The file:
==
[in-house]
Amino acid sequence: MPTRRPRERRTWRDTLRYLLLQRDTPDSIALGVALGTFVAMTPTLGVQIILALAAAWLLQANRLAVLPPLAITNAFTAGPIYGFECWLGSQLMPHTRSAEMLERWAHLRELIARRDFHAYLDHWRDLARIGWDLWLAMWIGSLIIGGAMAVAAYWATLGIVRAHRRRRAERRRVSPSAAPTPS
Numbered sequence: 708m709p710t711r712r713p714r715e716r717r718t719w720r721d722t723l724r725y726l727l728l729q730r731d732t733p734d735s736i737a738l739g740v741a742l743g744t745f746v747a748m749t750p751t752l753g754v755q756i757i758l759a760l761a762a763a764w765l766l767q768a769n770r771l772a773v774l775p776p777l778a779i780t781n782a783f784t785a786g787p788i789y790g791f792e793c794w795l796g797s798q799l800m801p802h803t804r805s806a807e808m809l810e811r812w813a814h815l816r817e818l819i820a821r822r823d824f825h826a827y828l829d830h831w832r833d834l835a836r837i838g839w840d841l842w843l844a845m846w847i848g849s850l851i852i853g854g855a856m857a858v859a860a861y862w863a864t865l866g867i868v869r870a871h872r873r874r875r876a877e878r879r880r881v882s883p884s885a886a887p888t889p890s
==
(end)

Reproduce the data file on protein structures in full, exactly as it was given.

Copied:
[in-house]
Amino acid sequence: MPTRRPRERRTWRDTLRYLLLQRDTPDSIALGVALGTFVAMTPTLGVQIILALAAAWLLQANRLAVLPPLAITNAFTAGPIYGFECWLGSQLMPHTRSAEMLERWAHLRELIARRDFHAYLDHWRDLARIGWDLWLAMWIGSLIIGGAMAVAAYWATLGIVRAHRRRRAERRRVSPSAAPTPS
Numbered sequence: 708m709p710t711r712r713p714r715e716r717r718t719w720r721d722t723l724r725y726l727l728l729q730r731d732t733p734d735s736i737a738l739g740v741a742l743g744t745f746v747a748m749t750p751t752l753g754v755q756i757i758l759a760l761a762a763a764w765l766l767q768a769n770r771l772a773v774l775p776p777l778a779i780t781n782a783f784t785a786g787p788i789y790g791f792e793c794w795l796g797s798q799l800m801p802h803t804r805s806a807e808m809l810e811r812w813a814h815l816r817e818l819i820a821r822r823d824f825h826a827y828l829d830h831w832r833d834l835a836r837i838g839w840d841l842w843l844a845m846w847i848g849s850l851i852i853g854g855a856m857a858v859a860a861y862w863a864t865l866g867i868v869r870a871h872r873r874r875r876a877e878r879r880r881v882s883p884s885a886a887p888t889p890s